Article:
So I taught myself BASIC. I wrote thousands of lines of spaghetti code. But kludgy as it was, it worked. At one point, a software engineer who worked at IBM’s San Jose Labs looked at it, shook his head, and told me I had just reinvented disk indexing. Yah, I had. But what I was really excited about – I was writing little programs that my main program was calling. In a VERY loose sense, I had used a computer language to write a computer language. It suddenly dawned on me what my PL/1 professor wanted me to do and what it meant. And I was excited as hell.

    He could have taught me that if the course were a How To course. Too bad. Instead, it was a dry “do this because I told you to” course.

    I dunno if that makes my point for anyone. We can learn the theory of something all semester long. Or we can learn How to do something, and from that learn the theory. And that’s a fundamental question in education, I suppose.

    So where is the debate about it today? NOWHERE. You send your kids to school and hope for the best.

    Except some people are asking questions. When enough parents who foot the bill ask these questions, there’s gonna be some ‘splaining to do, Lucy. ;-) (No offense intended…!)

  14. @John: The MN example is a good one. But now I’m getting all goofy about this. I want to know, why don’t they call it, “How to start a business?”

    Honest, I’m not ragging on them or on any colleges. I want to know – what’s the problem with “How to?” Does it sound too VOCATIONAL? Arrghh! That means we’ll all be DAY LABORERS when we get out of school!!!

  15. In Canada, there is more of a distinction between colleges and universities. The latter institutions tend to be more general and thus aren’t quite as specific to the real world aside from the doctorate programs like doctors, lawyers, teachers and other professionals that tend to be the second degree one seeks. Thus there isn’t a “How to” at the university level really. First year courses are about establishing a common base and then later year courses build on that. Thus, it makes sense that a course like “Computational Complexity Theory” isn’t likely going to have a how to part as it is mostly about proving or disproving various ideas in theoretical Computer Science. Just to toss out another course title I took there was “Asymptotic Enumeration” which while there is some “How to” elements within it, the same underlying principle of proving something is at its heart.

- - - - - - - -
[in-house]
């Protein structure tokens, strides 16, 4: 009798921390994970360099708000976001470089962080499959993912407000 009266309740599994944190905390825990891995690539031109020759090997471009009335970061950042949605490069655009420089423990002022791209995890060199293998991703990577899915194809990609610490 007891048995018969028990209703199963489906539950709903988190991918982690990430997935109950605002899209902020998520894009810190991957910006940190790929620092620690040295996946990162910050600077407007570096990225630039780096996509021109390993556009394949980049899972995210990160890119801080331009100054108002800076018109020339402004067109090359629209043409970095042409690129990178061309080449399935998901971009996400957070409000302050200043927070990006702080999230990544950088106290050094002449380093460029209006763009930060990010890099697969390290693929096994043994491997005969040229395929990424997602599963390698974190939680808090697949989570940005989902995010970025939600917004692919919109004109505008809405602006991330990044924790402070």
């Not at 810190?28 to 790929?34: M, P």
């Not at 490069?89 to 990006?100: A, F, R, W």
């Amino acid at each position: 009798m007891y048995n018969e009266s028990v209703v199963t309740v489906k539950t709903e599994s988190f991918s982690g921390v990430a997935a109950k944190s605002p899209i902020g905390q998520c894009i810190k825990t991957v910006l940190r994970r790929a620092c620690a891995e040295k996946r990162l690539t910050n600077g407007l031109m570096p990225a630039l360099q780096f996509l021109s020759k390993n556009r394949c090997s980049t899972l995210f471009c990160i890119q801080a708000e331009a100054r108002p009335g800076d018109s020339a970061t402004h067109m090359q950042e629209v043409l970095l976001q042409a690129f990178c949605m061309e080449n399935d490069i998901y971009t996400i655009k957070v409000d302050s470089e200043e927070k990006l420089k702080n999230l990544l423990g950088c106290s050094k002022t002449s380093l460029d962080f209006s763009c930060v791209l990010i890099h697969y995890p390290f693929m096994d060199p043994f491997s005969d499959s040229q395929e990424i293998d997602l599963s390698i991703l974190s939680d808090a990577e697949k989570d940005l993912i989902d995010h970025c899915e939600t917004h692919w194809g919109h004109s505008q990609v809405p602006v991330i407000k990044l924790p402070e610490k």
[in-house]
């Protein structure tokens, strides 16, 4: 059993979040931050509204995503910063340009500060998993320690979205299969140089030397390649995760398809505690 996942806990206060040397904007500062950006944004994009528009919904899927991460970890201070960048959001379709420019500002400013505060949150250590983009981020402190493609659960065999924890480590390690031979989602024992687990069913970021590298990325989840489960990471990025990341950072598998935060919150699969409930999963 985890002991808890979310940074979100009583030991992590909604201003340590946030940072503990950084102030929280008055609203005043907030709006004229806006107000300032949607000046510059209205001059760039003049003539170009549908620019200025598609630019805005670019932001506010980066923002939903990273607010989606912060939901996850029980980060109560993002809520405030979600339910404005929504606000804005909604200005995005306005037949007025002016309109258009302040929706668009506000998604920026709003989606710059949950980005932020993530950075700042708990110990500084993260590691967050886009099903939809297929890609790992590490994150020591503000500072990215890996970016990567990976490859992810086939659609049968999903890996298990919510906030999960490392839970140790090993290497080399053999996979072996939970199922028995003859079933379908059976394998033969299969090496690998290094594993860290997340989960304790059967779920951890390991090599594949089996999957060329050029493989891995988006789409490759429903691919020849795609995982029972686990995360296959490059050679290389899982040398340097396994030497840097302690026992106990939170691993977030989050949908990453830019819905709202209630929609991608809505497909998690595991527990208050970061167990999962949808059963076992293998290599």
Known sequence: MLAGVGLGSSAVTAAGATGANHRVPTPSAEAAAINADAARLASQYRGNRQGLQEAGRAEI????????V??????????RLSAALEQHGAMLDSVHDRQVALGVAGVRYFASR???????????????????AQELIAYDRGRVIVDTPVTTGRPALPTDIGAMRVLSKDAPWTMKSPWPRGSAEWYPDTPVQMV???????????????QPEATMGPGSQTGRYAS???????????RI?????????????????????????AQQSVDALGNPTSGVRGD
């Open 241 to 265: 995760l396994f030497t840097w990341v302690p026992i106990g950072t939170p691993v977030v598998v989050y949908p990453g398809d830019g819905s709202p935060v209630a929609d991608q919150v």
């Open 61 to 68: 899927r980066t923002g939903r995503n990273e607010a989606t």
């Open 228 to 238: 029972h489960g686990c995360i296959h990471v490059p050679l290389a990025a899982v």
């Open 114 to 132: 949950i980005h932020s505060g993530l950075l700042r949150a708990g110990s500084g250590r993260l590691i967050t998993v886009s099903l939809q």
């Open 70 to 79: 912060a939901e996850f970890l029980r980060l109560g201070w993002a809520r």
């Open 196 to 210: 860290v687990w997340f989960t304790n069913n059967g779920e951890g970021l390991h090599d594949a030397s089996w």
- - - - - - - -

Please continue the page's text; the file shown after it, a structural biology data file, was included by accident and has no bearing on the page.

Colleges in contrast can have more practical work which can be both good and bad. University degrees may be more favored so that the college grads can be SOL at times but in a way that’s life.

  16. I have twin daughters currently in their junior years of college. Both are now doing semesters abroad, one at King’s College London the other at the University of Cape Town South Africa (thank God for Skype). The explosion in the numbers of US students spending time abroad since my college days in the late 60’s is one of the most positive developments in our higher education system. Far too many Americans have no exposure to the rest of the world. I once worked with a guy who was an avid Cleveland Browns fan. When they played an exhibition game in London, he made the trip. When he returned, all he could talk about was how he couldn’t get pancakes the way he liked them.